At NVIDIA 2015, Audi’s VP of electronics development Ricky Hudy joined Jen-Hsun Huang onstage. There he spoke on how Audi was at the forefront of in-car computing 10 years ago, aligning themselves with the future by realizing the potential for in-car supercomputing. It was the way of the future. Here in 2015, it is the present. They key to this present was – and remains – bringing the refresh and development cycle for vehicles up to speed with the consumer electronics world. This, of course, wasn’t easy.
Here in 2015, Audi is bringing on a 1-year refresh rate. The NVIDIA Tegra K1 was introduced at CES 2014 – Audi vehicles with the Tegra K1 are hitting the road less than a year later. This is far, FAR faster than the development cycle of the past.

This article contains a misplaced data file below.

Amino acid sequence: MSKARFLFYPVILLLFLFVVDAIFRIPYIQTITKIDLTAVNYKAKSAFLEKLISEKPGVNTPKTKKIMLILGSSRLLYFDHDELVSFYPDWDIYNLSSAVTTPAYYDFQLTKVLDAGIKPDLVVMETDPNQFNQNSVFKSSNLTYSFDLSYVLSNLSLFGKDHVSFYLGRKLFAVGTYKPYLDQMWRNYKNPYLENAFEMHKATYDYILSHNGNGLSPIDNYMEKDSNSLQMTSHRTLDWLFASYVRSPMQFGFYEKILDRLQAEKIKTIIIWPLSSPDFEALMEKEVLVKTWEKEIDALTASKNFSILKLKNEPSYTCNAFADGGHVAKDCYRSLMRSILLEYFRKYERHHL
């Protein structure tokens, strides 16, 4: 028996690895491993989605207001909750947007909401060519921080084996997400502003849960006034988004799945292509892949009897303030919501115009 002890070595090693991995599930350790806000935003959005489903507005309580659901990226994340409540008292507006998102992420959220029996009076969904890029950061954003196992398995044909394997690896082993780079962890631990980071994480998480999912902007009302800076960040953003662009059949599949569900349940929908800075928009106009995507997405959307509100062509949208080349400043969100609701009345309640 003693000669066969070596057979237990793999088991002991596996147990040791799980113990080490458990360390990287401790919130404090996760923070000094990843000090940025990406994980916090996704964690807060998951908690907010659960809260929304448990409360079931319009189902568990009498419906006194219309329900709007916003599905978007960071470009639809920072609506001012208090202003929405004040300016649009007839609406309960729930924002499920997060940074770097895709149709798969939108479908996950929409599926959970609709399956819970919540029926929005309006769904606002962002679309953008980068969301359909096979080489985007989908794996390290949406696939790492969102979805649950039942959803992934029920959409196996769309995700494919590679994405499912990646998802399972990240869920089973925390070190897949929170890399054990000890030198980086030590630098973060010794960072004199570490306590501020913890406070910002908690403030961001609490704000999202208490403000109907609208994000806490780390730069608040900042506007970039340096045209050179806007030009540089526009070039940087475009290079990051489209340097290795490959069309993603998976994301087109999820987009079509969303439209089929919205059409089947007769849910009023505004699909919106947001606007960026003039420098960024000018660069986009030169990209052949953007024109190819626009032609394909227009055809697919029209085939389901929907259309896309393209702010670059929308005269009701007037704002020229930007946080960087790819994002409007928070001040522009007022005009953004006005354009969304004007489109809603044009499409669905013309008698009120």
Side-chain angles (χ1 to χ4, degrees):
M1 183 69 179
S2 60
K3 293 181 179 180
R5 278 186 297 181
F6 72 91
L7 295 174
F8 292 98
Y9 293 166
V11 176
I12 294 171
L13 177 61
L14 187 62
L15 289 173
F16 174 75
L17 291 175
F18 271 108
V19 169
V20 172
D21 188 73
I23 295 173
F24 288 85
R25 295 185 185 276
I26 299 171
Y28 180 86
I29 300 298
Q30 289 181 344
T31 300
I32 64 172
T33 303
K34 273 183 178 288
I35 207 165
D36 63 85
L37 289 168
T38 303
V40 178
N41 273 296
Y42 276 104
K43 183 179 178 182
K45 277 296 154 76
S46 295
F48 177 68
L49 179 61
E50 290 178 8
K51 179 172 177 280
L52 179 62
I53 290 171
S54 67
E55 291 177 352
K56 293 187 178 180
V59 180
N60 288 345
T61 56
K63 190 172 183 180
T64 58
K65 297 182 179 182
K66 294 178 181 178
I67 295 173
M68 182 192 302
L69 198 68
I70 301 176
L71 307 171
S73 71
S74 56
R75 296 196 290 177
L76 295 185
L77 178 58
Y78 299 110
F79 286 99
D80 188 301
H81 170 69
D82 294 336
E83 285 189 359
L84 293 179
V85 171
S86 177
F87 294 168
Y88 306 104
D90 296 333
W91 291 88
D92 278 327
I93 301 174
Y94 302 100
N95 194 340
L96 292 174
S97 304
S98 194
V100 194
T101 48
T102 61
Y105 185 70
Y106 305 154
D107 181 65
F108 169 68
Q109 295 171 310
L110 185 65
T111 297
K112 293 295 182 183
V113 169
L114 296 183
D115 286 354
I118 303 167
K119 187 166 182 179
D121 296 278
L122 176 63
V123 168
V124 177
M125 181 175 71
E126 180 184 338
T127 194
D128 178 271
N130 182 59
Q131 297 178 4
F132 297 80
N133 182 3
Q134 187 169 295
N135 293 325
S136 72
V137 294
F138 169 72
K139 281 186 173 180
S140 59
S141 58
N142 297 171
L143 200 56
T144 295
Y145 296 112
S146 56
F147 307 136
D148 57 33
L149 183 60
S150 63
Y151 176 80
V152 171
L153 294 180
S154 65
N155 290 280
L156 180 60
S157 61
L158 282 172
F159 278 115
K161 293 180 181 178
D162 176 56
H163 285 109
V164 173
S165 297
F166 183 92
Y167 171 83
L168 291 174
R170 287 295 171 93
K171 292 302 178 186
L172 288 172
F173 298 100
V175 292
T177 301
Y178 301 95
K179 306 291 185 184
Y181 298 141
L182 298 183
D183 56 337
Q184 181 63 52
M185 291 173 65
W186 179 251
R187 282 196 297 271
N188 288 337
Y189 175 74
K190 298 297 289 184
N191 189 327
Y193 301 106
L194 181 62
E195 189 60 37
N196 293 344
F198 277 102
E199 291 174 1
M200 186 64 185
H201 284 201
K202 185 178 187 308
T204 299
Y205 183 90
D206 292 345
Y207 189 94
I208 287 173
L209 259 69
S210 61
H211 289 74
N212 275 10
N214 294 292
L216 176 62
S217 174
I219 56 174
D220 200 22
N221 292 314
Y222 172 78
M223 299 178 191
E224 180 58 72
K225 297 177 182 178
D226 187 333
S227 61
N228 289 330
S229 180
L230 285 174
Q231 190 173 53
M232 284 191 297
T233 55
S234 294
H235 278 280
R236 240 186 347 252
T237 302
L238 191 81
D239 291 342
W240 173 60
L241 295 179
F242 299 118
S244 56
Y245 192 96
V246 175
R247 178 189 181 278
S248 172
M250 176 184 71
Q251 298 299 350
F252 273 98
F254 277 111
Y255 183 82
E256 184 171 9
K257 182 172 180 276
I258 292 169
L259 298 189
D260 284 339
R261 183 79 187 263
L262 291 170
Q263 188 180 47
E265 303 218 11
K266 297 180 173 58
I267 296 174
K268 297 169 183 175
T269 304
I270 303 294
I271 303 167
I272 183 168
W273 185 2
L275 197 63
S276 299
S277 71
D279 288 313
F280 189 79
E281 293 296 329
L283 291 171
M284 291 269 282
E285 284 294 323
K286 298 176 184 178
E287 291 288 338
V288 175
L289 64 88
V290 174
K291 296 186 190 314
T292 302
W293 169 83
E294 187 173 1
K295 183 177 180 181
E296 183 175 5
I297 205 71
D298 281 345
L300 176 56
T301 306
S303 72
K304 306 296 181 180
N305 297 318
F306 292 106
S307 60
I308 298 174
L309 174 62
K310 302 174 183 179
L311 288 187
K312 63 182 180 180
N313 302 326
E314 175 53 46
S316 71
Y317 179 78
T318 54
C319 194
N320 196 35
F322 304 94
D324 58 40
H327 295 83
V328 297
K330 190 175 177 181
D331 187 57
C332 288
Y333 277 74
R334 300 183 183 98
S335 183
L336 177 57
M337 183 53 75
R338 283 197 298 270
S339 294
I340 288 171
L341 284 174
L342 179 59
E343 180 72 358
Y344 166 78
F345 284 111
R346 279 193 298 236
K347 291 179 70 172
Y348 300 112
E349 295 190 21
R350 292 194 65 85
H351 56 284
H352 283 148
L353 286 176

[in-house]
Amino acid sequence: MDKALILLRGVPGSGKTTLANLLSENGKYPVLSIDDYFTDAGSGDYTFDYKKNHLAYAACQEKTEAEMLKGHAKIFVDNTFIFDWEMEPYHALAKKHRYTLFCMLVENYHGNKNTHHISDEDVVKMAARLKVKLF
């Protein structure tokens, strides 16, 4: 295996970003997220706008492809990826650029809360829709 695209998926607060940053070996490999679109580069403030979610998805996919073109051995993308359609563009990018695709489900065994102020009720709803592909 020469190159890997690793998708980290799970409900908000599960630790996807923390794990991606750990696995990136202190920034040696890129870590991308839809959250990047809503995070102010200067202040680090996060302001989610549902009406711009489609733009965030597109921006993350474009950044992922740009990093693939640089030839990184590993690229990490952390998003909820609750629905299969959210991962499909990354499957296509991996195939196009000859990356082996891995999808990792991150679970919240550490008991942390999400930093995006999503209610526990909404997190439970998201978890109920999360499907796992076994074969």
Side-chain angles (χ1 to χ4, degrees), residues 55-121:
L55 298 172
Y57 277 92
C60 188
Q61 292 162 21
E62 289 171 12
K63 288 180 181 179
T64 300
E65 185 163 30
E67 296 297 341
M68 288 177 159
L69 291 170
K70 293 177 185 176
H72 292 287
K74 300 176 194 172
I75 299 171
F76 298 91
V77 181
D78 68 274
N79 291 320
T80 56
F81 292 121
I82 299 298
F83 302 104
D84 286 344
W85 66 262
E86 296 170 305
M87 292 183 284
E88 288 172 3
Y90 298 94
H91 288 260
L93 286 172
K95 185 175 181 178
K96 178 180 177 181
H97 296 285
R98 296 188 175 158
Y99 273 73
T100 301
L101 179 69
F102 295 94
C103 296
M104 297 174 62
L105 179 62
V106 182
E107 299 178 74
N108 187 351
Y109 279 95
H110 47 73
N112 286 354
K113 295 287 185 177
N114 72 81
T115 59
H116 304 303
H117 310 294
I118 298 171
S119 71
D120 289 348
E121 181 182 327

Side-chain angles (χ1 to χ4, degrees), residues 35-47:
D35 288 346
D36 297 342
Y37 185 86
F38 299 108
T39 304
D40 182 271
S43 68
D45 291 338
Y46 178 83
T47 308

Vehicles very recently needed five years from conception to implementation – new technologies couldn’t be added to a vehicle for years after they were brought to ideation.
Below you’ll see an excellent example of how Audi’s development cycle is being brought up to speed – is up to speed, that is to say. This is the Audi Prologue, as captured at the LA Auto Show by SlashGear late last year.
It works with Audi tablets as well. Not unlike the Audi Q7, this “concept vehicle” is coming to the real world. It’s not just a concept – it’ll be hitting the road at some time in the future – soon, though we don’t know exactly when.